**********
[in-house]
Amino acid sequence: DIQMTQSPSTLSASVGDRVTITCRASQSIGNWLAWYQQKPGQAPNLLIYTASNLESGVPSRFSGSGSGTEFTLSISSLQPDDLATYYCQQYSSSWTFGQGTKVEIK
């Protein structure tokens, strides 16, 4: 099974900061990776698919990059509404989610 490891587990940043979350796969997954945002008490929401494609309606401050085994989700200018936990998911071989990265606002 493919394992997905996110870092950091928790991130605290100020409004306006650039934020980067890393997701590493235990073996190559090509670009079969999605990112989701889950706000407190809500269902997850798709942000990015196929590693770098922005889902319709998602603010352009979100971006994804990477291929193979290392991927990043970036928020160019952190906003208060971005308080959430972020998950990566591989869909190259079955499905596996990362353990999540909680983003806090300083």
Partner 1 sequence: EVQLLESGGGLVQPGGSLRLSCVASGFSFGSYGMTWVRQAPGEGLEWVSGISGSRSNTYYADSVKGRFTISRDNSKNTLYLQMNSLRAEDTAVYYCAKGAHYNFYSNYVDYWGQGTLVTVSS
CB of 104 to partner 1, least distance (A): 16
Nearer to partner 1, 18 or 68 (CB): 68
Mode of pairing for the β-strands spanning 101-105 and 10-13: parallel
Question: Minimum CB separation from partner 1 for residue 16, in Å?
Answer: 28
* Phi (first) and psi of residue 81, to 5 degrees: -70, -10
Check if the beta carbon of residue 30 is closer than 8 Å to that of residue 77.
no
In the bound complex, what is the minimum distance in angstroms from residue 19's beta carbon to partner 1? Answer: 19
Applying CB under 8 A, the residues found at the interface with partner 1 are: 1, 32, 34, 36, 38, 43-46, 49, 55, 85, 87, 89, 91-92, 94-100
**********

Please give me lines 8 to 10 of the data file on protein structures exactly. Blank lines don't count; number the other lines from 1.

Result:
Question: Minimum CB separation from partner 1 for residue 16, in Å?
Answer: 28
* Phi (first) and psi of residue 81, to 5 degrees: -70, -10